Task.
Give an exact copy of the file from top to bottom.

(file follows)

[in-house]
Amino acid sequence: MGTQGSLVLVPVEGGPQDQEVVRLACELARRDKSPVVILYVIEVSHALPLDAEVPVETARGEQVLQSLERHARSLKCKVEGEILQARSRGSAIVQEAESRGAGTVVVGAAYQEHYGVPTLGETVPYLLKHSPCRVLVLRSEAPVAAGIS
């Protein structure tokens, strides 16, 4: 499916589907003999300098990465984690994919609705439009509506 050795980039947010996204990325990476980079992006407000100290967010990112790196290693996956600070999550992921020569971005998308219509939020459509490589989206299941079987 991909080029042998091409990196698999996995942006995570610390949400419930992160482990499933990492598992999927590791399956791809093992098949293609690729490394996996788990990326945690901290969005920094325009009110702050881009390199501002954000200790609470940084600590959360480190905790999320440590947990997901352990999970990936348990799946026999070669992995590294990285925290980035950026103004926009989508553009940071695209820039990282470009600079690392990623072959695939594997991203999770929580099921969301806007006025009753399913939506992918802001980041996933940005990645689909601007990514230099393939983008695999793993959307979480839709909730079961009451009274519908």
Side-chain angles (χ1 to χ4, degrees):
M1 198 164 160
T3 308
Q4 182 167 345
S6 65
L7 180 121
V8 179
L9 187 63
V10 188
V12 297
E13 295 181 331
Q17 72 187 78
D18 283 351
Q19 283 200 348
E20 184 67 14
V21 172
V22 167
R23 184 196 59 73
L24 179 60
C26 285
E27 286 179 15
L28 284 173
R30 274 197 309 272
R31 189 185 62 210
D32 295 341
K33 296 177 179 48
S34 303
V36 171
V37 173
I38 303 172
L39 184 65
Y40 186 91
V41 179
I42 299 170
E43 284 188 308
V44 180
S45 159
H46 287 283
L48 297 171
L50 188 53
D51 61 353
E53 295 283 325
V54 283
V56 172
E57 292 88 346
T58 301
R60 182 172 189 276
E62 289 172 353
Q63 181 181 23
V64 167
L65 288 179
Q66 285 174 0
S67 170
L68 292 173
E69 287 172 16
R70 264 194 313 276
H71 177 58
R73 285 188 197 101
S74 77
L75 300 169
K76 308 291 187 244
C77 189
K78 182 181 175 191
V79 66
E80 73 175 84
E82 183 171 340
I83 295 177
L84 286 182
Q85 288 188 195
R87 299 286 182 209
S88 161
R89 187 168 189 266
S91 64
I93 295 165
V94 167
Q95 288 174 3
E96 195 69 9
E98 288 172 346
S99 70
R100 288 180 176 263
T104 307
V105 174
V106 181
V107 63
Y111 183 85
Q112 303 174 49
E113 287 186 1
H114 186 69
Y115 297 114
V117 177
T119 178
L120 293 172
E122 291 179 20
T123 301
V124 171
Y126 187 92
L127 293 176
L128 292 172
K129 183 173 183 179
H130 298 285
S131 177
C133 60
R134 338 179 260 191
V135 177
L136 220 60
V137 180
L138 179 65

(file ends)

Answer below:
[in-house]
Amino acid sequence: MGTQGSLVLVPVEGGPQDQEVVRLACELARRDKSPVVILYVIEVSHALPLDAEVPVETARGEQVLQSLERHARSLKCKVEGEILQARSRGSAIVQEAESRGAGTVVVGAAYQEHYGVPTLGETVPYLLKHSPCRVLVLRSEAPVAAGIS
């Protein structure tokens, strides 16, 4: 499916589907003999300098990465984690994919609705439009509506 050795980039947010996204990325990476980079992006407000100290967010990112790196290693996956600070999550992921020569971005998308219509939020459509490589989206299941079987 991909080029042998091409990196698999996995942006995570610390949400419930992160482990499933990492598992999927590791399956791809093992098949293609690729490394996996788990990326945690901290969005920094325009009110702050881009390199501002954000200790609470940084600590959360480190905790999320440590947990997901352990999970990936348990799946026999070669992995590294990285925290980035950026103004926009989508553009940071695209820039990282470009600079690392990623072959695939594997991203999770929580099921969301806007006025009753399913939506992918802001980041996933940005990645689909601007990514230099393939983008695999793993959307979480839709909730079961009451009274519908």
Side-chain angles (χ1 to χ4, degrees):
M1 198 164 160
T3 308
Q4 182 167 345
S6 65
L7 180 121
V8 179
L9 187 63
V10 188
V12 297
E13 295 181 331
Q17 72 187 78
D18 283 351
Q19 283 200 348
E20 184 67 14
V21 172
V22 167
R23 184 196 59 73
L24 179 60
C26 285
E27 286 179 15
L28 284 173
R30 274 197 309 272
R31 189 185 62 210
D32 295 341
K33 296 177 179 48
S34 303
V36 171
V37 173
I38 303 172
L39 184 65
Y40 186 91
V41 179
I42 299 170
E43 284 188 308
V44 180
S45 159
H46 287 283
L48 297 171
L50 188 53
D51 61 353
E53 295 283 325
V54 283
V56 172
E57 292 88 346
T58 301
R60 182 172 189 276
E62 289 172 353
Q63 181 181 23
V64 167
L65 288 179
Q66 285 174 0
S67 170
L68 292 173
E69 287 172 16
R70 264 194 313 276
H71 177 58
R73 285 188 197 101
S74 77
L75 300 169
K76 308 291 187 244
C77 189
K78 182 181 175 191
V79 66
E80 73 175 84
E82 183 171 340
I83 295 177
L84 286 182
Q85 288 188 195
R87 299 286 182 209
S88 161
R89 187 168 189 266
S91 64
I93 295 165
V94 167
Q95 288 174 3
E96 195 69 9
E98 288 172 346
S99 70
R100 288 180 176 263
T104 307
V105 174
V106 181
V107 63
Y111 183 85
Q112 303 174 49
E113 287 186 1
H114 186 69
Y115 297 114
V117 177
T119 178
L120 293 172
E122 291 179 20
T123 301
V124 171
Y126 187 92
L127 293 176
L128 292 172
K129 183 173 183 179
H130 298 285
S131 177
C133 60
R134 338 179 260 191
V135 177
L136 220 60
V137 180
L138 179 65